8.199 Sukiyaki


23 (Sun) July 2017



at Kisoji

-Kashiwa, Chiba-

with TM


Mission to Japan, Day 1.

In Tokyo and beyond.  Here to oversee various preparations in advance of the upcoming Third Meeting of the Asia-Pacific Parliamentarian Forum on Global Health in August.

His name is Tomo – get it?

While the approval memo lists four terms of reference for this mission, the only one that really counts, the one around which the others are built is: to conduct ocular inspections of potential venues for a courtesy event to be hosted by the Regional Director.   The term “ocular inspection” doesn’t adequately describe what I’m doing here, but “gustatory sampling” may have seemed too fluffy.

I don’t know if anyone has ever been deployed on an official eating mission.

The August meeting will conclude with a field visit to a long-term care community for the elderly in Kashiwa, a small satellite city about 50 km northeast of central Tokyo.  Following the field visit, WHO will host a farewell dinner for the participants.  Senior management, recognizing the importance of hospitality at such high-level events, and apparently recognizing my competency in hospitality matters, sent me to find a suitable location for the dinner. I was joined by TM, a Japanese colleague handling the local end of the arrangements.

We visited over 20 establishments throughout the day, though we only tried the food at 2 of them.

Kisoji is a Japanese restaurant chain.  Specializes in shabu shabu and sukiyaki.

The trick was to find a place that satisfied the following critieria, in no specific order, as each is critical: capacity to comfortably seat and smoothly serve 80 persons at once; available on the date; clean; smoke-free – a major issue in Japan, still; classy enough for parliamentarians, yet not too fancy for a WHO-hosted event; reasonable prices; excellent food; healthy food.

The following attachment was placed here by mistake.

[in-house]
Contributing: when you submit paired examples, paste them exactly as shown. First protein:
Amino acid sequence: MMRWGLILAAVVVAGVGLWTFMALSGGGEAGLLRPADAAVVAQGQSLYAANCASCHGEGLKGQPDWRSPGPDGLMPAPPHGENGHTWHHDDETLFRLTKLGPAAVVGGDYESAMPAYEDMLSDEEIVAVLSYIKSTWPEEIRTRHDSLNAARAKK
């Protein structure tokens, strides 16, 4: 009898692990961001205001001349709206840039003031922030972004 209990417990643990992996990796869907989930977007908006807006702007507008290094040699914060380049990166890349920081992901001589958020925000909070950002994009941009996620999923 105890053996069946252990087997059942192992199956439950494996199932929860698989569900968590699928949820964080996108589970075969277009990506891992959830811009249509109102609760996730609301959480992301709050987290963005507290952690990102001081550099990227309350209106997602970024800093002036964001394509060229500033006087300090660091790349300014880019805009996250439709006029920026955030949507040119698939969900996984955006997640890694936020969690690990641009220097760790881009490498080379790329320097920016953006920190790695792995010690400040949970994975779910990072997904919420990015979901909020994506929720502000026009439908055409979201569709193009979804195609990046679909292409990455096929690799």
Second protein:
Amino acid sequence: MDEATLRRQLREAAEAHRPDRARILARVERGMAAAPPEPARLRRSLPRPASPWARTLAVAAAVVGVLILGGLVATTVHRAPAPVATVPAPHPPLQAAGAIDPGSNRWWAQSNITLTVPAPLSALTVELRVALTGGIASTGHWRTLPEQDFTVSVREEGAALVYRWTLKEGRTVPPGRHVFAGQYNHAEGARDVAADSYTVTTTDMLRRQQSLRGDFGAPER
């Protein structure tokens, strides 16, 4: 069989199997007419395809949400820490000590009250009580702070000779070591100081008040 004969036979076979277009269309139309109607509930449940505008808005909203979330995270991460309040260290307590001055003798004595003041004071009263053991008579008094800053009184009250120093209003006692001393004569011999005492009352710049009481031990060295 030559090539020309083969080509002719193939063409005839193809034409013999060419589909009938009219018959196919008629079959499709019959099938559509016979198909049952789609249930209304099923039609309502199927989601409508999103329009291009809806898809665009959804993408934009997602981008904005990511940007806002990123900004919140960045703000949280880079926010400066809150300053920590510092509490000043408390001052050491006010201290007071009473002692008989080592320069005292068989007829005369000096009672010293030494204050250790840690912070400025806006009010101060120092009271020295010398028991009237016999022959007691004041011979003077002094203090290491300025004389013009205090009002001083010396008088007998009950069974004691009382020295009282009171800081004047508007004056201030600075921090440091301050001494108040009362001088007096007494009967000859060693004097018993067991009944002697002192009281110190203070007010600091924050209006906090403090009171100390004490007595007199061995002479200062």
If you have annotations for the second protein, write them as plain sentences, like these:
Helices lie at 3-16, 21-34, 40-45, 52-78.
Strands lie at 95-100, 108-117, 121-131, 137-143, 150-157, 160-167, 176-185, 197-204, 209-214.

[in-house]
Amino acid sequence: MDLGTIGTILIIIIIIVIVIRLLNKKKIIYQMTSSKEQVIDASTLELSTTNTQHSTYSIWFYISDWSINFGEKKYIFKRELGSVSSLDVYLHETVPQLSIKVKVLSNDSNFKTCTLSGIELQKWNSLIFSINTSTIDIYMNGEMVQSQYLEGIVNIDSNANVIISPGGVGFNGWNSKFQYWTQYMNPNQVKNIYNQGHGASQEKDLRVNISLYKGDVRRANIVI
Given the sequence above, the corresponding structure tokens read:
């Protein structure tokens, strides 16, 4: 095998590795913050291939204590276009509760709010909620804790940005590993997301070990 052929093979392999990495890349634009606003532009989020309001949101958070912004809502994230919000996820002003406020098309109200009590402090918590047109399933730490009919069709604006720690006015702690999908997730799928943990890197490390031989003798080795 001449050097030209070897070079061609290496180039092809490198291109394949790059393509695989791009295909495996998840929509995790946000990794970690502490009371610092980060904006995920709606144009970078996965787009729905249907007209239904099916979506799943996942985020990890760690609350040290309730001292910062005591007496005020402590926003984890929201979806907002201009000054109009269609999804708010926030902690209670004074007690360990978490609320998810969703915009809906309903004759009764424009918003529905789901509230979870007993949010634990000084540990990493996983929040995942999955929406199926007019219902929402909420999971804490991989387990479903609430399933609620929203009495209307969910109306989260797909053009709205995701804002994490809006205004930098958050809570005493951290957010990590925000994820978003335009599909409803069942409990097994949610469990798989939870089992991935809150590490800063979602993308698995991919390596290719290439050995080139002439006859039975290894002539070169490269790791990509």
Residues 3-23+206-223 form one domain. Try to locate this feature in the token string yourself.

We decided on Kisoji.

We decided on sukiyaki.  With its soy sauce base, it seems more readily accessible for international palates.  The spread is easily adaptable for vegetarians, simply by removing the beef and increasing the vegetables – not that I care about vegetarians in general (see for example 5.209 Animal Assault) – but as an event organizer I am concerned about leaving anyone behind (see for example 7.324 Left Behind), especially anyone high-level.  As long as senior management doesn’t object prima facie to the restaurant’s chain nature, I’m hoping they accept our hard-earned recommendation.


As ever, I cannot spend a night in Japan (urban Japan) without indulging in a convenience store midnight snack – typically some spread involving tuna and whisky.  Conveniently, my hotel has a convenience store.  Yay.

(See also BOOZE)



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